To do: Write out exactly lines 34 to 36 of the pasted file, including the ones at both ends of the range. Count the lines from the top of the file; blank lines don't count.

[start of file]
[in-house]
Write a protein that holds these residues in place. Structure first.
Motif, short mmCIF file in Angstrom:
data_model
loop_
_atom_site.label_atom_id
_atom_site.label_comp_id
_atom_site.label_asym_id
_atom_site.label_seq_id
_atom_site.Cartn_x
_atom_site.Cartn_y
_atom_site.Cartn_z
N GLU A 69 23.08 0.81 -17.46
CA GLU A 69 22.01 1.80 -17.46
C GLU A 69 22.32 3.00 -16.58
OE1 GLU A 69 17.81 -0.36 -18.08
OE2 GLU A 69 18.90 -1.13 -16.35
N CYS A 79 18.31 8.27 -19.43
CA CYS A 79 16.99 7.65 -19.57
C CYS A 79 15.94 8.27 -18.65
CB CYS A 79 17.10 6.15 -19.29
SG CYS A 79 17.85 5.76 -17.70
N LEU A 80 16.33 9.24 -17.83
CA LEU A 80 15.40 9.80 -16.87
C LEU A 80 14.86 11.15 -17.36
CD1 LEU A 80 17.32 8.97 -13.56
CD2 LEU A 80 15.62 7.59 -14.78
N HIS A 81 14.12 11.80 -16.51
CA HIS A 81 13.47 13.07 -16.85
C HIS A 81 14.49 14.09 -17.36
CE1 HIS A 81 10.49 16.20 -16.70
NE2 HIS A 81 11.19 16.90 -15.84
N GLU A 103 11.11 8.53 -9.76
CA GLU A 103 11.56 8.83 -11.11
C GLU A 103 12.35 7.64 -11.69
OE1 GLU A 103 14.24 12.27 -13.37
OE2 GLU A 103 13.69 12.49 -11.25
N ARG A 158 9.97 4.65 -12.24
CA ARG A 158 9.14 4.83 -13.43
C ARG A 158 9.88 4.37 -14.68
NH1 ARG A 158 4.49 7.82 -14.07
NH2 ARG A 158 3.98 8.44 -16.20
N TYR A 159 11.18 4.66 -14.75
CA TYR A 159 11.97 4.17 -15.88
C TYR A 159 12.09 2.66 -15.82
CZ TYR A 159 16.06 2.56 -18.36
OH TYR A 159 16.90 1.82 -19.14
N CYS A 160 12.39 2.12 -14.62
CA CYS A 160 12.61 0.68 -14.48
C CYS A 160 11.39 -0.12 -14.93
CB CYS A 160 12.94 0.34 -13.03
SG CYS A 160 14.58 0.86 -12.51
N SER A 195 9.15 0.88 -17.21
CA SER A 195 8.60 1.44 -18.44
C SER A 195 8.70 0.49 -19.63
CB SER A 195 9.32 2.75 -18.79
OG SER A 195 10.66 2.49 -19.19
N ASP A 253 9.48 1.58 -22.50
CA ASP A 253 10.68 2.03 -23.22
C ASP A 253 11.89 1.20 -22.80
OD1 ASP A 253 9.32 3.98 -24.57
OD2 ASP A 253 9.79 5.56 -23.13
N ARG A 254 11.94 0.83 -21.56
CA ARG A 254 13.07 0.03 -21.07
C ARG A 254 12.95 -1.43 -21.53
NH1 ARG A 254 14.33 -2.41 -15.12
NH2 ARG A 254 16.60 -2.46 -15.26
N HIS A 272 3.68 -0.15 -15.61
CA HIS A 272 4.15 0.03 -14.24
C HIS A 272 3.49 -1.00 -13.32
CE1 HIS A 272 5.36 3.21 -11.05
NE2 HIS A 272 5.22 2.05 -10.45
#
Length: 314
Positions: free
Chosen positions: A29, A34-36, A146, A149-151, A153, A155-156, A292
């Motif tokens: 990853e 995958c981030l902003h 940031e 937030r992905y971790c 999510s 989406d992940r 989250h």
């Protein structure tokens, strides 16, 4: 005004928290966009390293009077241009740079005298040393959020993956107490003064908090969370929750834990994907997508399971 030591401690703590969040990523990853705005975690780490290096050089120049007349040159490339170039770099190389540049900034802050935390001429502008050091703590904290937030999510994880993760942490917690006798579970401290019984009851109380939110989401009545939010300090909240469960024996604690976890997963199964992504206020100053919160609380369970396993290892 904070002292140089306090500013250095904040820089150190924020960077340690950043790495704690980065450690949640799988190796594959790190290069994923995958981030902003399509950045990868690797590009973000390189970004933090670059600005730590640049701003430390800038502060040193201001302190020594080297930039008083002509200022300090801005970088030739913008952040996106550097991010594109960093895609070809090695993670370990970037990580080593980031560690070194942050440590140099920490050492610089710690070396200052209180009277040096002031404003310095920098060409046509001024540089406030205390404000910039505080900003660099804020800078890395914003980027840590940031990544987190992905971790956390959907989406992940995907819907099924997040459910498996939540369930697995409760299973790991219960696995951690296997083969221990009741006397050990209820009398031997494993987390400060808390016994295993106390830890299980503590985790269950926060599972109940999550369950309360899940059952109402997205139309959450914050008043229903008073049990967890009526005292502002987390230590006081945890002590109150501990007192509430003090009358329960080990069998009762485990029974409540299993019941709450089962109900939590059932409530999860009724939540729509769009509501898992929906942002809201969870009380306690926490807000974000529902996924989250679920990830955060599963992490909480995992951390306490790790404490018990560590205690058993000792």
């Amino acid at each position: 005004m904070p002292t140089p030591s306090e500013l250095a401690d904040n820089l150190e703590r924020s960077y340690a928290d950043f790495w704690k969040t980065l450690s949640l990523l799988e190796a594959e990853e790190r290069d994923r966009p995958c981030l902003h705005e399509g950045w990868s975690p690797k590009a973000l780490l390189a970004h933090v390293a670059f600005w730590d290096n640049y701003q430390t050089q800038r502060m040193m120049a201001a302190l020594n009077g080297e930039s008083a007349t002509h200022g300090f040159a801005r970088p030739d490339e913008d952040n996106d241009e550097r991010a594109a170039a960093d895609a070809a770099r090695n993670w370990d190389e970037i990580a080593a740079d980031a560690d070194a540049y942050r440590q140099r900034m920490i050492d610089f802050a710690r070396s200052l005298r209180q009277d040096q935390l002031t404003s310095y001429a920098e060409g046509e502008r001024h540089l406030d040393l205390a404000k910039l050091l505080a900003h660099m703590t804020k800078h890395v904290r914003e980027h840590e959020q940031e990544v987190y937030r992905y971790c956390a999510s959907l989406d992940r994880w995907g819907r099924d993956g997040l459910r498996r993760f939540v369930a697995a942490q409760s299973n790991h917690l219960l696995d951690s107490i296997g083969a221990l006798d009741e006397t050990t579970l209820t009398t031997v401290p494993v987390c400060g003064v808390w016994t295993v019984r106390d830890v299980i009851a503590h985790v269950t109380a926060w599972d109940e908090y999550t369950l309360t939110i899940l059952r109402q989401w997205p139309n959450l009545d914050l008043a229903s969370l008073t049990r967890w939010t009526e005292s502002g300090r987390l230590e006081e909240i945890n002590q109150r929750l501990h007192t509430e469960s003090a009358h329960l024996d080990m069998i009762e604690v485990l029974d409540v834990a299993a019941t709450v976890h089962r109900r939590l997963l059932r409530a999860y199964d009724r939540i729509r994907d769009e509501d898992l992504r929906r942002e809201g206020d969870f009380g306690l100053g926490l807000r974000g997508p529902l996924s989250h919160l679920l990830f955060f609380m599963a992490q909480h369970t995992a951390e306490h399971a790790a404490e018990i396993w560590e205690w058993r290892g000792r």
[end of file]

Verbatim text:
CA GLU A 103 11.56 8.83 -11.11
C GLU A 103 12.35 7.64 -11.69
OE1 GLU A 103 14.24 12.27 -13.37